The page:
Posted by Pamela Swift in Planning & Management
Article Contributed by Lisa Michaels
Project management is central to a business’s overall success and profitability. When projects, whether carried out for clients or for the betterment of the entire company, become delayed or go off track, they put the business at risk of losing money and jeopardizing its brand.
More businesses today are relying on a management strategy known as the agile methodology. This approach to project management continues to outshine the practices once considered standard for keeping projects on task in the business arena.
Read on to find out how your business can benefit from implementing an agile methodology.
What is Agile Methodology?
The term “agile”, when applied to project management, comes from agile methodology, which originated itself from software development. Along with being applied to projects undertaken by a company, agile can also be applied to every other aspect of running a business including human resources and other key areas.
In fact, when compared to the project management approach known as waterfall, agile is increasingly considered to be the better choice. Whereas waterfall relies on a predictable and rigid method of carrying out a process from start to finish, agile allows for flexibility and individualized attention to a project.
Waterfall follows a one-way progression and does not allow for previous steps in a project to be undone or changed; agile permits project partners to go back and forth in the creation process as needed to meet new expectations or new ideas brought to the discussion table.
Furthermore, agile does not require a long planning process in a project and instead acknowledges that every step of the process may not be foreseen right from the beginning. Because the needs and wishes of the project can be adjusted or changed easily, agile can be carried out in weekly or monthly sprints.
The Principles to Follow for Agile Methodology
The 10th annual State of Agile survey conducted by VersionOne admits that when agile initiatives in a project fail it is often directly related to a business’s resistance to change or to culture issues within a company. In fact, agile requires strong leadership, sturdy commitment, and a clear vision from management to succeed.
For the principles of agile methodology to work in a company, project managers must lead by example and clearly communicate with project members. Frequent updates about status reports, check-ins, feedback, and roadmap updates are all key when utilizing the agile approach.
Managers are encouraged to use video conferencing software for project management solutions and to organize and strengthen interpersonal bonds among management and project members. In fact, this technology is very practical to utilize for the agile methodology when face-to-face interactions among group members are not possible.
One of the most popular communication software options used by agile project managers today is Slack, which offers a free basic edition. Slack is also utilized by NASA and offers both private and open channels for different teams and projects.
Managers also use Asana, which allows for each project task to be split up into different sub-tasks and assigned to individual project members. Asana also permits managers to assign due dates and add files as needed.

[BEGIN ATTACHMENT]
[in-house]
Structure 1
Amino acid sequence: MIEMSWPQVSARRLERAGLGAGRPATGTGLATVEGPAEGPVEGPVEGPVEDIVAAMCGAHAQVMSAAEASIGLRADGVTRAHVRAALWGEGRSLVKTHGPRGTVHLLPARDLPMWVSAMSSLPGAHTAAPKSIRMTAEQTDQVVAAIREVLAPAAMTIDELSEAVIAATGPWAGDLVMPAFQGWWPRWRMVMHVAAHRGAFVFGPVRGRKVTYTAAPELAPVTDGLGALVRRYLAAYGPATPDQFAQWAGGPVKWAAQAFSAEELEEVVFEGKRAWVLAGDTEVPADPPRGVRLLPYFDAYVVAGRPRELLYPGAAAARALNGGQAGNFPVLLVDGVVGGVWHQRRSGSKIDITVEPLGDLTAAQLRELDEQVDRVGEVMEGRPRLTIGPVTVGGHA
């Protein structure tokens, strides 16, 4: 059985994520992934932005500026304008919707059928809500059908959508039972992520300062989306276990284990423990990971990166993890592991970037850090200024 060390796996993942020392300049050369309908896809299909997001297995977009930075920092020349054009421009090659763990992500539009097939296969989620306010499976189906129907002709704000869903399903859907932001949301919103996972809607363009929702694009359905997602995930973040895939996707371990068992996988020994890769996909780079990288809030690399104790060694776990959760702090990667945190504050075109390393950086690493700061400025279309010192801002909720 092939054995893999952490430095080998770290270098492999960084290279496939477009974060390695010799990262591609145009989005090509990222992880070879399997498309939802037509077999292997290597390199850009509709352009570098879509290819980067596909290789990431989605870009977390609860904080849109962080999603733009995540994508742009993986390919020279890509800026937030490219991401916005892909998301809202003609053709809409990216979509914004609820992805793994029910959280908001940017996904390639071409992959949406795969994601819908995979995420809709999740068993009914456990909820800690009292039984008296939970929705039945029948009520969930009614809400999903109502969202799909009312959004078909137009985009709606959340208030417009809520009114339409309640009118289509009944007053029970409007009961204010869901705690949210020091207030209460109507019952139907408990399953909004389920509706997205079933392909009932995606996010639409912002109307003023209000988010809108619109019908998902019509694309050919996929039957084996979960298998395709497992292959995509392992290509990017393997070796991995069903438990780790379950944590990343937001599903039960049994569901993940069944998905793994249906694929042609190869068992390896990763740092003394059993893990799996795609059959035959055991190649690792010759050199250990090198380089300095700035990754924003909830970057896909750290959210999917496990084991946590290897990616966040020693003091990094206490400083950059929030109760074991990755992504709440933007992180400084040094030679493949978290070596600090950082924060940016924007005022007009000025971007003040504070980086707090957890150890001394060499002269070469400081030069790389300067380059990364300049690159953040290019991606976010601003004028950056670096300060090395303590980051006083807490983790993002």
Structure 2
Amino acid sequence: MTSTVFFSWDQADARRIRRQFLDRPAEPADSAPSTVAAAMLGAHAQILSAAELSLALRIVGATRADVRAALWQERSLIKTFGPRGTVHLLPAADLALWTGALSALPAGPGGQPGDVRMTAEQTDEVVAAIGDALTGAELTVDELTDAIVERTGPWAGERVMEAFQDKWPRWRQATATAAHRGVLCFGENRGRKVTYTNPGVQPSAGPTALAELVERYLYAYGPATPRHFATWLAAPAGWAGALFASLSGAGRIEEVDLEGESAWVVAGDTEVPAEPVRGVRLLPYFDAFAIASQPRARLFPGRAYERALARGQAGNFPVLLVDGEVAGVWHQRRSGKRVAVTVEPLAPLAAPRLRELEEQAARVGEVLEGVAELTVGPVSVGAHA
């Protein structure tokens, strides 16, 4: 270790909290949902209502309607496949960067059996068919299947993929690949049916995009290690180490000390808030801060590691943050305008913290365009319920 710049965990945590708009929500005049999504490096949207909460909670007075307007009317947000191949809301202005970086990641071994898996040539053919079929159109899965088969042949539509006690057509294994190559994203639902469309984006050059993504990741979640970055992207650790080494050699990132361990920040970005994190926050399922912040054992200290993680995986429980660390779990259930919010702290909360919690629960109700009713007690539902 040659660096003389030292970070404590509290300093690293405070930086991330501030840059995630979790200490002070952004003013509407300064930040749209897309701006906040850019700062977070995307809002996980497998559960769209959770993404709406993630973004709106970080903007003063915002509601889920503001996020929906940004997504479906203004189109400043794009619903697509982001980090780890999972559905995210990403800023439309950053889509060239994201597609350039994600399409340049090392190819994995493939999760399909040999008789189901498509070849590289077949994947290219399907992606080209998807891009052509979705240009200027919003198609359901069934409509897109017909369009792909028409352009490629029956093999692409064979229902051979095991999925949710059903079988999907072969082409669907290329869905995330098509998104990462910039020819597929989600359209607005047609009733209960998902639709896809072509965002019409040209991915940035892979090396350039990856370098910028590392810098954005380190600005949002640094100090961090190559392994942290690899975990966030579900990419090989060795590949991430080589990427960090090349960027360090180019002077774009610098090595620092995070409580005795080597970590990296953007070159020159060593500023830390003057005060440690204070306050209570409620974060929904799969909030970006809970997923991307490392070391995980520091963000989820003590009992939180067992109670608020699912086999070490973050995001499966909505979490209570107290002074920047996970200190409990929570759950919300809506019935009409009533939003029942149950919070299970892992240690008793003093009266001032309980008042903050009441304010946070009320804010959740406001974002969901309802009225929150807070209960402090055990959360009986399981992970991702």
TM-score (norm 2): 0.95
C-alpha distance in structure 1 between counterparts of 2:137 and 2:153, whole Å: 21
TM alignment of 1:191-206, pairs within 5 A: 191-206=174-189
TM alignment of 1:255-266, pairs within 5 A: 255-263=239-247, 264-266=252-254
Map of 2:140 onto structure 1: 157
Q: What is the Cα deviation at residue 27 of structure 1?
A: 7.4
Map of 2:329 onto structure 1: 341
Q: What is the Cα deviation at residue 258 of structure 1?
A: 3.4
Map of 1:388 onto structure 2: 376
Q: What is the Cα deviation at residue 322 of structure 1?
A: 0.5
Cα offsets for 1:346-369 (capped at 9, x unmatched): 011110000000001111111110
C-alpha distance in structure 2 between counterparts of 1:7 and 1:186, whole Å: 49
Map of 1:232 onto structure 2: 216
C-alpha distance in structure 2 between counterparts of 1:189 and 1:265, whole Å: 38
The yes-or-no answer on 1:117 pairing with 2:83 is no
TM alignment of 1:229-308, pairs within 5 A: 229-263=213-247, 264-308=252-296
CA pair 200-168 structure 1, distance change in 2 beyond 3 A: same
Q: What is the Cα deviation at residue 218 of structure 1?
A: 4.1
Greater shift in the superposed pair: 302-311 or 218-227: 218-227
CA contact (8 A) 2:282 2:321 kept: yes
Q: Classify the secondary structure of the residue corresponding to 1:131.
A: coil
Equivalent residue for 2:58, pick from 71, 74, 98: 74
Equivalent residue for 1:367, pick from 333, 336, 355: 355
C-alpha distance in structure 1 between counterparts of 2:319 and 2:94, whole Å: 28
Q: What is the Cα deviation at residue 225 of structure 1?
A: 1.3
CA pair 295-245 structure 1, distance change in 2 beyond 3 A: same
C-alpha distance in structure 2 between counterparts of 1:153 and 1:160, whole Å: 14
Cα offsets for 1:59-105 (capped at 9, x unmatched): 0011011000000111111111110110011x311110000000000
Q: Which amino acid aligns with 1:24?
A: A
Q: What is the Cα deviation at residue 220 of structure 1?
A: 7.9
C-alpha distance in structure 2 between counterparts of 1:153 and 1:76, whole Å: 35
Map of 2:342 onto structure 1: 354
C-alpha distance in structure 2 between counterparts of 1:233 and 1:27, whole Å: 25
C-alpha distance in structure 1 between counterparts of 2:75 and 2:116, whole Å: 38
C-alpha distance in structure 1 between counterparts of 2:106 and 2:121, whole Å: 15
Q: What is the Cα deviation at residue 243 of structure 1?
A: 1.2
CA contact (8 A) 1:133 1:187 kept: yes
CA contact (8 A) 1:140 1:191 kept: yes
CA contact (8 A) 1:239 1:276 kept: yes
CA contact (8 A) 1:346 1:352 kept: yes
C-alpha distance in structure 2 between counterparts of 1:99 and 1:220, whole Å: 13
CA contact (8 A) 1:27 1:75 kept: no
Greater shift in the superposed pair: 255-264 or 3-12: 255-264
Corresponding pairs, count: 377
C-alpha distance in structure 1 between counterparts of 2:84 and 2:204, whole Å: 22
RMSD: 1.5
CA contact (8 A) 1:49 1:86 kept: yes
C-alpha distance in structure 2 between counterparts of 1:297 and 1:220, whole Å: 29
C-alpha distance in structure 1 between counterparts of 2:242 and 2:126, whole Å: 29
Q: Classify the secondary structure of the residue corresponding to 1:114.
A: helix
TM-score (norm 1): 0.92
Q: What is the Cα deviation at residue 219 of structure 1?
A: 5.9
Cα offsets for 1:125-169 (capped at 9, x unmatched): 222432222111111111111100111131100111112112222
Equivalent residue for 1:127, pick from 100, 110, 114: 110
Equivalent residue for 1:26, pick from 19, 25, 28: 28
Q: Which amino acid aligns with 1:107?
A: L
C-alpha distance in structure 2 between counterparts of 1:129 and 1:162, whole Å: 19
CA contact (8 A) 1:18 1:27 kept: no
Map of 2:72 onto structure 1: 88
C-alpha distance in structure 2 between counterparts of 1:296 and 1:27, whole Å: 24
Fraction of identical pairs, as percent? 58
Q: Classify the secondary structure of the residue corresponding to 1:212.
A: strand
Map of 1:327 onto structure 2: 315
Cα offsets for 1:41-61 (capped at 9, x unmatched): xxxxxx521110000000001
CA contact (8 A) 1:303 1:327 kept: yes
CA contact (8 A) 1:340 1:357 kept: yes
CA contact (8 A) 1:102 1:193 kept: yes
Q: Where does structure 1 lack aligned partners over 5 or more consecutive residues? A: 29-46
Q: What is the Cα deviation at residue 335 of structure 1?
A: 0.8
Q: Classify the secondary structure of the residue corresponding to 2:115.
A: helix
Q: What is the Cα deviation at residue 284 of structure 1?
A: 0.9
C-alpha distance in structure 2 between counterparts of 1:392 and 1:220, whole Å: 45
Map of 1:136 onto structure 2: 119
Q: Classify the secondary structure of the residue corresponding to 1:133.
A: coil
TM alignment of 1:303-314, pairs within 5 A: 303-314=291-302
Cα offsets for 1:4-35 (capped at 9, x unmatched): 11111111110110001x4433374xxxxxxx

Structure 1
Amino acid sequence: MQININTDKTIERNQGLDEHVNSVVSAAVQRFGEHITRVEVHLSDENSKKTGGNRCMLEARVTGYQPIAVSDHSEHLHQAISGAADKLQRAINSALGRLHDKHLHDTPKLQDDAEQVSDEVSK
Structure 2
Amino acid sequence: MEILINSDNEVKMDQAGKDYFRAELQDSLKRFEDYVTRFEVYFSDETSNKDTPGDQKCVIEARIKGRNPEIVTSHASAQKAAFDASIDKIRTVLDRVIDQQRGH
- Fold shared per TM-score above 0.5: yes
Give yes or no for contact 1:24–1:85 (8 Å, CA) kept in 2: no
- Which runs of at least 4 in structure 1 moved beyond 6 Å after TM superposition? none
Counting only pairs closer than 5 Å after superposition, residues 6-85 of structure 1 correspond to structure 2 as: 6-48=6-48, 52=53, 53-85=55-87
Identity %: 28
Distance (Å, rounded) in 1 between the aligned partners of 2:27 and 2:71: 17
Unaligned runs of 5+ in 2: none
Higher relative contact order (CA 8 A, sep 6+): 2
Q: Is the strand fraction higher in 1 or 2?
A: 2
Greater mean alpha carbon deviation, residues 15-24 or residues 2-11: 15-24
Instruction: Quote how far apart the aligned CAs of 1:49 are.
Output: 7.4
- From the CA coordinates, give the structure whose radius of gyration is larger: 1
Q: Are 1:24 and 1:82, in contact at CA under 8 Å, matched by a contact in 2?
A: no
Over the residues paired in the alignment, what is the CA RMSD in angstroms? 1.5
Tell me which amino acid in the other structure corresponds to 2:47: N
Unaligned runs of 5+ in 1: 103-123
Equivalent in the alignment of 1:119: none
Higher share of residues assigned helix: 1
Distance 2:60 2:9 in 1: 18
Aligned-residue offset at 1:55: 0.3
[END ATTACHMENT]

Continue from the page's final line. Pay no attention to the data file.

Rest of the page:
A more traditional solution is Skype for Business which allows for polling and whiteboards for 250 project members in video conferencing. It sometimes presents simple problems that are easily resolved with easy troubleshooting tips.
In addition to video conferencing and project management solutions, managers can benefit from utilizing cloud storage such as Google Drive, Dropbox or OneDrive for organized and secured storing and sharing of documents.
The Agile Methodology Process
Agile is a fluid and friendly approach to managing a project as long as a few simple rules are followed. First, project managers should remember to be transparent. Employees want to know what is going on in regards to the project and what problems need to be addressed.
Project members should also work in groups. There should be several smaller groups working toward one key goal rather than one large group working on a variety of tasks together. Each smaller group should also self-organize and decide how they want to accomplish their goals.
Second, after every bi-weekly or monthly sprint, groups should evaluate the project up to its current point. They should reflect on how to improve the project as well as tune and adjust their behaviors to become more effective.
Third, each group, as well as the entire project team as a whole, should adopt the agile project mode and mindset. It is vital that the groups produce visible results and new content to make clients happy as well as to motivate employees.
Group members and managers alike should request feedback, welcome mistakes as opportunities to learn and change but also act quickly to fix problems rather than allowing them to continue. Managers should use empathy when interacting with employees to fix mistakes.
The Agile methodology gives your business one key advantage: while your rivals are planning and perfecting their projects with the waterfall approach, you are making sales and money. Your customers will also know that your company is growing because you are releasing new features and are capable of changing course to adapt to existing ones.
About the Author
Lisa Michaels is a freelance writer, editor and a striving content marketing consultant from Portland. Being self-employed, she does her best to stay on top of the current trends in the business world. She spends her free time trying out new recipes or reading Scandinavian crime novels.